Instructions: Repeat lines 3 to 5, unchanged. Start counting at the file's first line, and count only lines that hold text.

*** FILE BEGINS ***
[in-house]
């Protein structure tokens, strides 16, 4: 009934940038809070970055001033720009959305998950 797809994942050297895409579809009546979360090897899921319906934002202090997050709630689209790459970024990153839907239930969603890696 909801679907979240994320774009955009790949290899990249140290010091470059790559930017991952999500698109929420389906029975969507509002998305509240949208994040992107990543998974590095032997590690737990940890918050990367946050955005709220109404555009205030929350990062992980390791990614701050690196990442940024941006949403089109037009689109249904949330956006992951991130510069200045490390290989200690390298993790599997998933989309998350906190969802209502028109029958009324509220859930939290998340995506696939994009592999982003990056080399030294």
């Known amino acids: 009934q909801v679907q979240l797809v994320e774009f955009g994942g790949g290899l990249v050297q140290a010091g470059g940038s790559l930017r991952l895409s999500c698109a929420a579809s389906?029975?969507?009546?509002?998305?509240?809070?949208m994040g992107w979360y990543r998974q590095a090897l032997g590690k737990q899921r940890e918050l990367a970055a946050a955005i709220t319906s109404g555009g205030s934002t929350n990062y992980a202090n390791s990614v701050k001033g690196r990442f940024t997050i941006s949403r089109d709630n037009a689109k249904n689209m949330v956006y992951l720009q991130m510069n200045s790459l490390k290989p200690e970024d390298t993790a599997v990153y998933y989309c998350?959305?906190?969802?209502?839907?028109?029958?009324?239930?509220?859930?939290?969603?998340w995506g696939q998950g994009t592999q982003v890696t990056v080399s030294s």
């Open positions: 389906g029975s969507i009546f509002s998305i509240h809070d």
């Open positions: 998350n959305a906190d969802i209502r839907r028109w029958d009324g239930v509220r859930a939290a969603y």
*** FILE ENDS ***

């Known amino acids: 009934q909801v679907q979240l797809v994320e774009f955009g994942g790949g290899l990249v050297q140290a010091g470059g940038s790559l930017r991952l895409s999500c698109a929420a579809s389906?029975?969507?009546?509002?998305?509240?809070?949208m994040g992107w979360y990543r998974q590095a090897l032997g590690k737990q899921r940890e918050l990367a970055a946050a955005i709220t319906s109404g555009g205030s934002t929350n990062y992980a202090n390791s990614v701050k001033g690196r990442f940024t997050i941006s949403r089109d709630n037009a689109k249904n689209m949330v956006y992951l720009q991130m510069n200045s790459l490390k290989p200690e970024d390298t993790a599997v990153y998933y989309c998350?959305?906190?969802?209502?839907?028109?029958?009324?239930?509220?859930?939290?969603?998340w995506g696939q998950g994009t592999q982003v890696t990056v080399s030294s």
């Open positions: 389906g029975s969507i009546f509002s998305i509240h809070d």
């Open positions: 998350n959305a906190d969802i209502r839907r028109w029958d009324g239930v509220r859930a939290a969603y």